jolayn
7 years ago

I’m in a very similar position as you. I live in Alberta and I’m employed in the Oil & Gas sector in the field of engineering. My wife also works (currently on mat leave) and we have two kids ages 4 and almost 1. Your net worth is a little higher than mine, but you’re also a little older too :)

Thanks for clarifying how you calculated your family incomes. The reason I think this is important is not because of the 1% stigma, but because it further highlights the need to have a benchmark/template/standard for future contributors on this site. One person may give their base income, while another will use their T4 total income. One person may include their house as an asset, while another may not. The same can be said for listing vehicles as assets, or estimating taxes on registered savings. Ultimately, these differences may hinder or confuse discourse on future net worth discussions.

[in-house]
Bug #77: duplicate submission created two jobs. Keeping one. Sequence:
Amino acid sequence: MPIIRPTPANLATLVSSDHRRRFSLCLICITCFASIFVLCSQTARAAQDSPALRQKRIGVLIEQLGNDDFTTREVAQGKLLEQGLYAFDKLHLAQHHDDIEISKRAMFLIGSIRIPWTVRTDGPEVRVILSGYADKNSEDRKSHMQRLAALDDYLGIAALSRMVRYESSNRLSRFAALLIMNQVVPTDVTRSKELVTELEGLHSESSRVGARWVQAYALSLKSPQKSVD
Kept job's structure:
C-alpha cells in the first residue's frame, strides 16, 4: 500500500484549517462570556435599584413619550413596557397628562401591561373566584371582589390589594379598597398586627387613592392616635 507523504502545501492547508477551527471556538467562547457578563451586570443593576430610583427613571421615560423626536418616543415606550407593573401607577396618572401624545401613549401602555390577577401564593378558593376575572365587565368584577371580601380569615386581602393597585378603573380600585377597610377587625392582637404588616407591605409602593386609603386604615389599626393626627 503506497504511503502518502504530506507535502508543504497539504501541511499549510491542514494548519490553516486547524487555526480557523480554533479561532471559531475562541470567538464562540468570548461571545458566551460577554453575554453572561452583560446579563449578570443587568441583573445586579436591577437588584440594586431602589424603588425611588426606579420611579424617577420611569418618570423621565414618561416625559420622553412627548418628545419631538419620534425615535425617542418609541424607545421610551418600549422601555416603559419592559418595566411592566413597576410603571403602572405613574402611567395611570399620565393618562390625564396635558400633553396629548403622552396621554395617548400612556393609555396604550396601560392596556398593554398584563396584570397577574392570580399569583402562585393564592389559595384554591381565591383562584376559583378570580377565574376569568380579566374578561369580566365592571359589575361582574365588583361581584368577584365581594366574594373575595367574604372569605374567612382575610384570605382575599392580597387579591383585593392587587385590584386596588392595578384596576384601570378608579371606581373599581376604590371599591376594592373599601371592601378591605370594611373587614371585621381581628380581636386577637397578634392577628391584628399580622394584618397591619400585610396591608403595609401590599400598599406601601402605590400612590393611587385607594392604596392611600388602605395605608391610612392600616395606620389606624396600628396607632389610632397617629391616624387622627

D
7 years ago

Have to say that the new profile is a bit more like the G&M financial makeovers which appeal to their demographic, and less so for this site. I agree with some others that the information is interesting, as anytime you get a chance to see how other families are spending that can be a trigger to assist you in your own budget allocations.

Surprised there are still arguments on net worth calculations, as others have correctly pointed out there is a distinction between investment equity and net worth.

I track both as they allow me to see how I have progressed. But, as we all likely realize it is investment equity that will provide us the means towards an early retirement. You need to pay the bills and without passive income, if not working, then collectors will be calling.